The Crest of the Commonwealth of Australia Treasury Portfolio Ministers
Picture of Peter Costello

Peter Costello

Treasurer

11 March 1996 - 3 December 2007

Transcript of 30/11/2001

TRANSCRIPT
of
HON PETER COSTELLO MP
Treasurer

Doorstop Interview
St Cecilia's School
Glen Iris
Friday, 30 November 2001
10.15am

 

SUBJECTS: school visit; GST revenue/States; media laws


JOURNALIST:

That was quite a grilling you copped. How does that compare to the Press Gallery?

TREASURER:

I think the grilling you get from Grade 5 and 6 at primary school is tougher than the Press Gallery, and they really search out on those questions, and they do a pretty good job. I think there is probably a few budding television reporters that we saw down there, today.

JOURNALIST:

You had to think long and hard about what the best thing is about being Treasurer?

TREASURER:

Yes. It is a question I have not been asked before so I had to think long and hard. But the best thing, I think, is when you can cut taxes, and cutting income taxes, and capital gains tax,

and company tax as part of the New Tax system, I think was one of things that has put the economy in much better shape than would have been the case otherwise.

JOURNALIST:

There are three State Governments who have come together this morning to announce a review of their own into the subsidies they say they provide for the other States. What is your reaction to that?

TREASURER:

Well, the States are perfectly entitled to look at the methodology. The Commonwealth view has always been that, whatever the methodology, it has to be agreed between all of the States. This is an argument of State against State, and the methodology has to be agreed between all of the States. And if they can come to an agreement on a new formula for the Grants Commission, we would follow the Grants Commission, as we always have. But let me make this point, what you are now seeing is an argument between Labor States, on who should get a larger share of GST revenue. That is what is going on here. All GST revenue goes to the States. And now the Labor States are arguing amongst themselves about who should get a larger share of GST. I have never seen a State Government yet that was interested in Rollback. What the States are actually interested in, is, getting a share of the growth revenue of the GST. And that is only fair because the GST was put in place to properly fund State services, like health and education. And the argument between the States can only be settled by unanimous agreement.

JOURNALIST:

Do you think those three States have a point?

TREASURER:

Well, I am in the position where, where I see an argument of State against State, I can only follow the independent arbiter, which is the Grants Commission. But if the States, as between themselves, want to change the methodology, and that leads to a different outcome, we will follow the decision of the arbiter. It is not the Commonwealth that decides this, it is the independent Grants Commission acting on the unanimous methodology.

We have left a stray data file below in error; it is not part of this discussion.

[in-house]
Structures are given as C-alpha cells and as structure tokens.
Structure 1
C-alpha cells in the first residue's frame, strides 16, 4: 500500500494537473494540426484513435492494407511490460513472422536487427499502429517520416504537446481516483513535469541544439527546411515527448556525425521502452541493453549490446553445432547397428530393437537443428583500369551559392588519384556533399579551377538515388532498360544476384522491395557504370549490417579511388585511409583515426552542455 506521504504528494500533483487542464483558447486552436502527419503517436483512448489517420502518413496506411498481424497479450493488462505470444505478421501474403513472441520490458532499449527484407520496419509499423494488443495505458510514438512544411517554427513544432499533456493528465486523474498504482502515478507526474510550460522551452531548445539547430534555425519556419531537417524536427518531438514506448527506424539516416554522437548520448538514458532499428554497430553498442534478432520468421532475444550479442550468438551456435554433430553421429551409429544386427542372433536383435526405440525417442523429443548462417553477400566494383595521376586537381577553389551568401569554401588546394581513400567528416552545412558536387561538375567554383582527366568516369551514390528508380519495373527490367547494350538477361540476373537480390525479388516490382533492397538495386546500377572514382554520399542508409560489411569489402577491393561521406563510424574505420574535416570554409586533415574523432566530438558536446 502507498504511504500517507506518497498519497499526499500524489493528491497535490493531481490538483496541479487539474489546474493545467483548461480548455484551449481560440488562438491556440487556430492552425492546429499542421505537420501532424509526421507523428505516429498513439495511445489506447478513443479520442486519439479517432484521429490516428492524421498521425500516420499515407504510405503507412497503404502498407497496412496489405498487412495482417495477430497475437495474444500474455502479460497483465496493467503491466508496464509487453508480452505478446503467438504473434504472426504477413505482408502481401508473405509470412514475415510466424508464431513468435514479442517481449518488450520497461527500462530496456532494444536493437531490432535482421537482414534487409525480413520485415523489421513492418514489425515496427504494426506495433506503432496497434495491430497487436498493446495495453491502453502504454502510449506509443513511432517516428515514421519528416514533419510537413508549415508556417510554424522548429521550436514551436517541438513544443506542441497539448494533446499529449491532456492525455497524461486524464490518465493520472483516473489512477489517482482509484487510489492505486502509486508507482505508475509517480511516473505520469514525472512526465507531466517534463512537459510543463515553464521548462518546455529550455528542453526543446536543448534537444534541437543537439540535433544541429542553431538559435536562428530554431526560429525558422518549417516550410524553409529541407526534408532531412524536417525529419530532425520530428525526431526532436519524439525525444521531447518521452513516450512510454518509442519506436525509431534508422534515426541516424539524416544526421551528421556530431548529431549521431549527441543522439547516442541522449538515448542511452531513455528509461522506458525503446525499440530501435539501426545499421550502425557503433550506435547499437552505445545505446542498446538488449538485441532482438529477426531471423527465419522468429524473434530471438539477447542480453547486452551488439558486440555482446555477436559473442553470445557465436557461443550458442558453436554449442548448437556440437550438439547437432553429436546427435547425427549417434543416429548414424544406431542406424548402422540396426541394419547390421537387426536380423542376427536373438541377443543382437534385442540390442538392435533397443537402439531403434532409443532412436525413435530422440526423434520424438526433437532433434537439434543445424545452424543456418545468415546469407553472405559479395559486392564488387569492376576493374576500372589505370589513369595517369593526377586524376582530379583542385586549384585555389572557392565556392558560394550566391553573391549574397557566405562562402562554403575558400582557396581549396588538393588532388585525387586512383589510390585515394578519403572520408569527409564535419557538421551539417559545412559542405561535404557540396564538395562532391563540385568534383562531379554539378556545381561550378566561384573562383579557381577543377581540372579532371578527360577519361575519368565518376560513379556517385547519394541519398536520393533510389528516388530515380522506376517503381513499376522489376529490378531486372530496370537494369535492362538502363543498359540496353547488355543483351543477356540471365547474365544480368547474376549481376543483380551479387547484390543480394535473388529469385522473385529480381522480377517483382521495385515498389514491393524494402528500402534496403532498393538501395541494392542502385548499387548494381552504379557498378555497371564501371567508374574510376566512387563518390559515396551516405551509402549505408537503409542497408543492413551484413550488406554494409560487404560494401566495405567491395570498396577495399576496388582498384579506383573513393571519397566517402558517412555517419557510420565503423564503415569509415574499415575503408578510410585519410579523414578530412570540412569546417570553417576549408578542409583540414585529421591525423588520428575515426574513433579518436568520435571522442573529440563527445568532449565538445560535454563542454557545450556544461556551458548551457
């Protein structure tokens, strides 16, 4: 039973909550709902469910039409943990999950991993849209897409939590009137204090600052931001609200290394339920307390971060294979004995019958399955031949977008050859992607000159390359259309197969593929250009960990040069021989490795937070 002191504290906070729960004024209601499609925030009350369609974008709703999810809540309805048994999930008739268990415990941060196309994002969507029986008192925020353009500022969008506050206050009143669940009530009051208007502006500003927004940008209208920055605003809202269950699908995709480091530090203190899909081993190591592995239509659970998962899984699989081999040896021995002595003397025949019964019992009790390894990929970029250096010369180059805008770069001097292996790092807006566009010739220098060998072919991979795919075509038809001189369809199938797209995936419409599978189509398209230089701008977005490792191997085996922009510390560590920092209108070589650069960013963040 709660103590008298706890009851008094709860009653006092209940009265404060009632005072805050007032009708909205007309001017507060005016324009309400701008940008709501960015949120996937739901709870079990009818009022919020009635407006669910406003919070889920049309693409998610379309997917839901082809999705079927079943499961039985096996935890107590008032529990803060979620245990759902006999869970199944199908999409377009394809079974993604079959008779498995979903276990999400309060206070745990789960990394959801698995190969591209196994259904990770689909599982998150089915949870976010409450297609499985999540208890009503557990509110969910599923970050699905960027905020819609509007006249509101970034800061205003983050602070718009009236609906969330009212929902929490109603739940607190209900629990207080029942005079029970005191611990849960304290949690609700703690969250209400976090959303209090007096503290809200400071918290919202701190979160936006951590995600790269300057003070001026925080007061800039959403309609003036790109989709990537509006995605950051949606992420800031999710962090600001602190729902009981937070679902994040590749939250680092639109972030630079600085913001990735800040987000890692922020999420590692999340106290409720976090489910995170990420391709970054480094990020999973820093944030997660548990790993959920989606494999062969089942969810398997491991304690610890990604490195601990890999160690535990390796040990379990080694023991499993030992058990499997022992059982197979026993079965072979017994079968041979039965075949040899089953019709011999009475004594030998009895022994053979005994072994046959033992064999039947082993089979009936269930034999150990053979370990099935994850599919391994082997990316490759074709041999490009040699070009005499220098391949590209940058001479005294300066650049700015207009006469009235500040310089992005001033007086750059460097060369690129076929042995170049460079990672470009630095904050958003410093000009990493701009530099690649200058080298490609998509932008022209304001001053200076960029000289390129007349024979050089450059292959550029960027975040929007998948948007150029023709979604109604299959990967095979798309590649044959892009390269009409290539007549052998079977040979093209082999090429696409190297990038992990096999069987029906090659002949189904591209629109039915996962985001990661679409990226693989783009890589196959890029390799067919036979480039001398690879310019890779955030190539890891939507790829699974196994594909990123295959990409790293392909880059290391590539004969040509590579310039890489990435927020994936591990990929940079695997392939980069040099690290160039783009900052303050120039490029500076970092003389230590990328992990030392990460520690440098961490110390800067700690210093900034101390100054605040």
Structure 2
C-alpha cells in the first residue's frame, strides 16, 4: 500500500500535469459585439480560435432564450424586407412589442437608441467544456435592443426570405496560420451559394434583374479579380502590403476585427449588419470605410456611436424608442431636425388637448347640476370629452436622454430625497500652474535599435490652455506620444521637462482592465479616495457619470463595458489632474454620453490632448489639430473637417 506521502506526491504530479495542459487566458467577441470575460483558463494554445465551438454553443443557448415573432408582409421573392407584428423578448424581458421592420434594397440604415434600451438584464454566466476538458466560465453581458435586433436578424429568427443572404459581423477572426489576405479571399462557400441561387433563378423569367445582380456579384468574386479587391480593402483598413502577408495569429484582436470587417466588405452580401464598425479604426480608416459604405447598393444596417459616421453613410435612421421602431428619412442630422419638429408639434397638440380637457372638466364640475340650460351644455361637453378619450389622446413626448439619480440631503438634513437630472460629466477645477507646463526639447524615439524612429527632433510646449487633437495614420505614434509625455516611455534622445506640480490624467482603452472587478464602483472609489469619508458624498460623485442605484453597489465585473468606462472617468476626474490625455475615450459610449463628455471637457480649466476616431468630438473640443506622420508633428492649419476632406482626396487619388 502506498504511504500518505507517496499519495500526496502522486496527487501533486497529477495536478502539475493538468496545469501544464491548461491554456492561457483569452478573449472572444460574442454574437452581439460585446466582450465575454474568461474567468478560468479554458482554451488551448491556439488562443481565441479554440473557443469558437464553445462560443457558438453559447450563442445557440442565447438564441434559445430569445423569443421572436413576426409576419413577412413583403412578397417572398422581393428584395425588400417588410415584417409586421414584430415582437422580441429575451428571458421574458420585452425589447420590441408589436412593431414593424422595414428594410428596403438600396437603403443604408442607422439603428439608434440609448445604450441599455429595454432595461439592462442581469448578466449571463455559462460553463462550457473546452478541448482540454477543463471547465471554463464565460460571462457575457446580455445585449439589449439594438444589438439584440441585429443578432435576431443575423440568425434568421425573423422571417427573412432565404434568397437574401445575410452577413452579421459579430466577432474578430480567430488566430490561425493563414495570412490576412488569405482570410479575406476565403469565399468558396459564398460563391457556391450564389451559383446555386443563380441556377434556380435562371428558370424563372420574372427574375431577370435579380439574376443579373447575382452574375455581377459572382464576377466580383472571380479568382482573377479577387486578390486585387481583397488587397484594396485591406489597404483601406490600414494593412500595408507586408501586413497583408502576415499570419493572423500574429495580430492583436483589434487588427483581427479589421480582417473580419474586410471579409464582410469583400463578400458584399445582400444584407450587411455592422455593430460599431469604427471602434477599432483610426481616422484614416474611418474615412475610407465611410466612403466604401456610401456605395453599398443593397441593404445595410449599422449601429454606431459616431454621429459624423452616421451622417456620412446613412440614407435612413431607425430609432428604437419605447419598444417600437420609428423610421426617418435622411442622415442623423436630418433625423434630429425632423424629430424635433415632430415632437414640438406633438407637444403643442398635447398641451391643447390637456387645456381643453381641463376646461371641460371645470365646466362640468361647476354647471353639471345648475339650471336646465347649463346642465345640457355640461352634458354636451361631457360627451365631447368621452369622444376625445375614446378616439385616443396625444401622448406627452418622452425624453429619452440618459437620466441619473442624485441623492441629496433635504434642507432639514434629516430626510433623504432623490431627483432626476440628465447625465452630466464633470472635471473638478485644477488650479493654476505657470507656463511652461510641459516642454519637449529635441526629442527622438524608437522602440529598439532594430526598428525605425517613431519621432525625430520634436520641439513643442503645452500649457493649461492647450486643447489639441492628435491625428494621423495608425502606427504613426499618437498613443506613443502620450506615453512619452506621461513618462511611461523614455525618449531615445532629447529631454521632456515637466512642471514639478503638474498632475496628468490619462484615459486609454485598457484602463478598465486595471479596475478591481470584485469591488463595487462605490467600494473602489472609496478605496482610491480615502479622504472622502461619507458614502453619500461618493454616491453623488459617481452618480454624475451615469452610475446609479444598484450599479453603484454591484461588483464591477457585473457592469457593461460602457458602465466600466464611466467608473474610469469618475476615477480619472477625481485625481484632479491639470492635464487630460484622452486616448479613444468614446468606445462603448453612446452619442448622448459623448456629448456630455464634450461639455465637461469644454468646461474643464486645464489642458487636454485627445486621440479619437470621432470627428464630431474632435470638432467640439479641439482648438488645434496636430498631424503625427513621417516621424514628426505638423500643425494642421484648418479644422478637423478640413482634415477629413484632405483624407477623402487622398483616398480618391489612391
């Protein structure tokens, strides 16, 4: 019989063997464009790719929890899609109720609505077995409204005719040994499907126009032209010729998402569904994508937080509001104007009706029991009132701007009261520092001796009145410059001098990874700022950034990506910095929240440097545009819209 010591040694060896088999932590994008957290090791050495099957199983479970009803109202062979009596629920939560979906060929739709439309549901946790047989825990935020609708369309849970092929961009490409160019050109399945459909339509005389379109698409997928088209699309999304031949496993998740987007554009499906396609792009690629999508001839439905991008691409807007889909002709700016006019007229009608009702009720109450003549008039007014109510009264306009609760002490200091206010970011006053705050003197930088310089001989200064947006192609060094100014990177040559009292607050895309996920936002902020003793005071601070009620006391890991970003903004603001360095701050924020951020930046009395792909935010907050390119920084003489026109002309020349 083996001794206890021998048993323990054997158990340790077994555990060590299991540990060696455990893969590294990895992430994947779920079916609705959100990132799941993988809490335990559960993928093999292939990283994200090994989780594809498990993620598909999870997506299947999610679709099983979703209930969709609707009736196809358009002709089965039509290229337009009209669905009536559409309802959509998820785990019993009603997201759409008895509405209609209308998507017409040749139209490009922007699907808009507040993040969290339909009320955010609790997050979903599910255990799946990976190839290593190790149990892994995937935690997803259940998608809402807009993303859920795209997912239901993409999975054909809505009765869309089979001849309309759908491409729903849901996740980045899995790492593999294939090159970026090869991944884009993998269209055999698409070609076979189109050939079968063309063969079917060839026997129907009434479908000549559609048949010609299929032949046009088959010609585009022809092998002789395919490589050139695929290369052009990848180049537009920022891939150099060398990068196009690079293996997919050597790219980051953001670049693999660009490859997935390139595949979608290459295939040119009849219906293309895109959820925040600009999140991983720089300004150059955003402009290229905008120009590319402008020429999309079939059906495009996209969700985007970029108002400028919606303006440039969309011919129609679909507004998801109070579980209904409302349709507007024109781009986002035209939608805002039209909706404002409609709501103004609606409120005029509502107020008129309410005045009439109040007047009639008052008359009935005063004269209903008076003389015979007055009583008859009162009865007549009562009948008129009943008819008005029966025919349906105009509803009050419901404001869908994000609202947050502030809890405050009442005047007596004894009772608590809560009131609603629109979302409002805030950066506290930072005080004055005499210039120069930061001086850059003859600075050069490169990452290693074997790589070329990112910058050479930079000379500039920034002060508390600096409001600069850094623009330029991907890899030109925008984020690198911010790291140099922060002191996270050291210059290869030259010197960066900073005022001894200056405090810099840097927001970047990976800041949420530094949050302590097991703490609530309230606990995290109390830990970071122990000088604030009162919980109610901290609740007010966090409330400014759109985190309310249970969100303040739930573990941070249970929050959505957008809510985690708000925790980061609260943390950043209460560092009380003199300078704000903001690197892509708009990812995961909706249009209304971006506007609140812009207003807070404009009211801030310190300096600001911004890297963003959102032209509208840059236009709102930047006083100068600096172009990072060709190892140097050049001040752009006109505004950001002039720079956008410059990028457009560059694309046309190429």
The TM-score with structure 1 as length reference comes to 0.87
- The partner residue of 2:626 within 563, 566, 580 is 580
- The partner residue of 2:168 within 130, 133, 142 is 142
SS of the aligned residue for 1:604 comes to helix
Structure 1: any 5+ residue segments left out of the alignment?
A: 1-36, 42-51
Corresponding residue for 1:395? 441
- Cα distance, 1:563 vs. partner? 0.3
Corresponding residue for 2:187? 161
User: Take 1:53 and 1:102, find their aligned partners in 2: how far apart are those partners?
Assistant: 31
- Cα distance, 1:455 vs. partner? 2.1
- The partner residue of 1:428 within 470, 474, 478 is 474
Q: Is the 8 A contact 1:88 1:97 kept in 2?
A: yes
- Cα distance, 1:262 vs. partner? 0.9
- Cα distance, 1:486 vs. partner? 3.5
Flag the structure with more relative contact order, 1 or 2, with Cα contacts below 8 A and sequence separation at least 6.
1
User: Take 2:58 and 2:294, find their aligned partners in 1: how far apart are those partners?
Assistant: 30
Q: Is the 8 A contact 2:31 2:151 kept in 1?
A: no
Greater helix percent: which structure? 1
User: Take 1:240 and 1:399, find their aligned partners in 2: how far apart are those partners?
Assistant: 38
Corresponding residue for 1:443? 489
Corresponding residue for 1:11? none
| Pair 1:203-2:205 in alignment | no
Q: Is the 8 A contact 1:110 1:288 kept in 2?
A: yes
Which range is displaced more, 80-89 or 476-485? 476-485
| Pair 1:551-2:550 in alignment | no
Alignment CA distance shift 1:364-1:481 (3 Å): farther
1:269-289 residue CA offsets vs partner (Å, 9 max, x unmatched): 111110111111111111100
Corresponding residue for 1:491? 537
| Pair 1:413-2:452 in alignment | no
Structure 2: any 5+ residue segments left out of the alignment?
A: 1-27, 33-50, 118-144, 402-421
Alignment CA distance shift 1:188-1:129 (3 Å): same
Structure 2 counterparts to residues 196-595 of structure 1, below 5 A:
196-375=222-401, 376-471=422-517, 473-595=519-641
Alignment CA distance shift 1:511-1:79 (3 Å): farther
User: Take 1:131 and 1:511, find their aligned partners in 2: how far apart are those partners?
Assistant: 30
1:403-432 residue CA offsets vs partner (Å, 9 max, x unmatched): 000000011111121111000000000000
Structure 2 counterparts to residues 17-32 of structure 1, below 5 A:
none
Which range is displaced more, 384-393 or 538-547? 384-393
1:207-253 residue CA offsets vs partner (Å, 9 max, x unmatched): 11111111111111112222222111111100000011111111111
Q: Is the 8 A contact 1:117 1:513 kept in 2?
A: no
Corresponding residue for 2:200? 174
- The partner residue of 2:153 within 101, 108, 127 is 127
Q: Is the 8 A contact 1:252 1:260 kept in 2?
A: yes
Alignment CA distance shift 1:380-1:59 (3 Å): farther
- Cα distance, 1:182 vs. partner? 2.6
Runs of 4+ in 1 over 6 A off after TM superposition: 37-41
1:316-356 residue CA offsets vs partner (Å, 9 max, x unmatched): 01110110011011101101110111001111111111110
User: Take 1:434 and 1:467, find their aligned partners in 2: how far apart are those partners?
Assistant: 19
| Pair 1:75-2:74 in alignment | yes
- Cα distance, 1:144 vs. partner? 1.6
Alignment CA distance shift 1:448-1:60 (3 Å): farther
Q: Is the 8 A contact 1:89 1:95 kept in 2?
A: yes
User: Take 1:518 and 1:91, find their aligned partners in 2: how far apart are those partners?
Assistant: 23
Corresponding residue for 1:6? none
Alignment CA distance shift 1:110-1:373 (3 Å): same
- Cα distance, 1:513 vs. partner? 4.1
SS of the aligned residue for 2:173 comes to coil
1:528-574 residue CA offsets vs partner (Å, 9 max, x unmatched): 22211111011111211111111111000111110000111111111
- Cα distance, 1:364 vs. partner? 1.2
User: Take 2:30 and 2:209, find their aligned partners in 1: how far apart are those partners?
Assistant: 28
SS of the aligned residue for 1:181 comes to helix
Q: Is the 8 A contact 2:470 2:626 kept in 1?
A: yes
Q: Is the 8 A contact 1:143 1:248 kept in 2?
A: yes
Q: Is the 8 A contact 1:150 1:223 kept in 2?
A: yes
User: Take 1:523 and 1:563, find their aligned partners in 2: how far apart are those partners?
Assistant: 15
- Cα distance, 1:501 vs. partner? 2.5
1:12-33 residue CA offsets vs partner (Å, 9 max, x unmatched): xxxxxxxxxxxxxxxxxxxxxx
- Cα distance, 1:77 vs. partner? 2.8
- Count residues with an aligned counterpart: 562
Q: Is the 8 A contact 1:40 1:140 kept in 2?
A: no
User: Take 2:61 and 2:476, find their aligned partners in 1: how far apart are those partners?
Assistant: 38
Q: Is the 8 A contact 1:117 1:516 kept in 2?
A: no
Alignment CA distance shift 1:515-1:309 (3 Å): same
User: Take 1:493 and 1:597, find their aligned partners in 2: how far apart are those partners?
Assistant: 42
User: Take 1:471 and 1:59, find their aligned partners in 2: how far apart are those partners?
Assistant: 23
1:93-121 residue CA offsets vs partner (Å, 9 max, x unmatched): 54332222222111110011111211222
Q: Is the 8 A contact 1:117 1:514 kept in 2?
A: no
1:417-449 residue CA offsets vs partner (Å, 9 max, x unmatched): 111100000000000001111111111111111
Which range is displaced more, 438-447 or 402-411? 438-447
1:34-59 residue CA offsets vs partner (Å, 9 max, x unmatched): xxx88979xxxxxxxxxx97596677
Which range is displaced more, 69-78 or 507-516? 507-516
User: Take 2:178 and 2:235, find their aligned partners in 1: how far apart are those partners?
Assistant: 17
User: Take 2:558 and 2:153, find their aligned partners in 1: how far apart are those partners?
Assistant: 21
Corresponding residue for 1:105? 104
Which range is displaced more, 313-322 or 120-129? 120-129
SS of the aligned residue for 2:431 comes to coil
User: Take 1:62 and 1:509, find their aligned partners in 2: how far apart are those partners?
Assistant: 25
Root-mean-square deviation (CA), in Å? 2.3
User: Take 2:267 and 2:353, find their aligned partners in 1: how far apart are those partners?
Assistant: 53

JOURNALIST:

So you don't think that this review would be a waste of money at all, you think it is worthwhile?

TREASURER:

Well, it, unless you can get unanimous agreement amongst the States, it is unlikely to lead to any changes. So, if I were the State Government, I would start off by seeking agreement with the other States. You have got to get the agreement of the other States, because this methodology has to be unanimous. It is then given to the independent umpire, the Commonwealth Grants Commission, and the Commonwealth Government then follows that outcome. But you have to get unanimous agreement. If they have no prospect of getting unanimous agreement, if they are not seeking unanimous agreement, then it will just become another political football which will not lead anywhere.

JOURNALIST:

So you are making yourself out to be nothing more than an observer in this argument?

TREASURER:

The Commonwealth does two things. It pays all GST to the States, and it follows the decision of the independent Commonwealth Grants Commission on what shares they could get. From the Commonwealth's point of view, we make available the total GST pool and we follow the umpires decision on allocating the shares as between the States. It is up to the States themselves to come to an agreement on how they want the umpire to divvy it up, but it has to be the unanimous agreement. We will follow it, but it has to be unanimous agreement amongst the States.

JOURNALIST:

Just on another quick issue, the, are you encouraged by the Democrats indicating that they are prepared to look at media laws?

TREASURER:

I think the Government's position, is, we think Australia's media laws need to modernised and we can change them, substantially reform them, but only if the Senate passes it. Now, as you know, the Senate is under the control of the Labor Party and the Democrats. The Labor Party are against reform, then the only way that will take place, is, if the Democrats vote for it. And I welcome the fact that the Democrats seem to have an open mind. I think the Democrats are much more, are thinking much more creatively than the Labor Party. The Labor Party is just opposed to reform, as far as I can tell. And if the Democrats have an open mind then we might actually get some progress, yes.

Okay, thanks very much.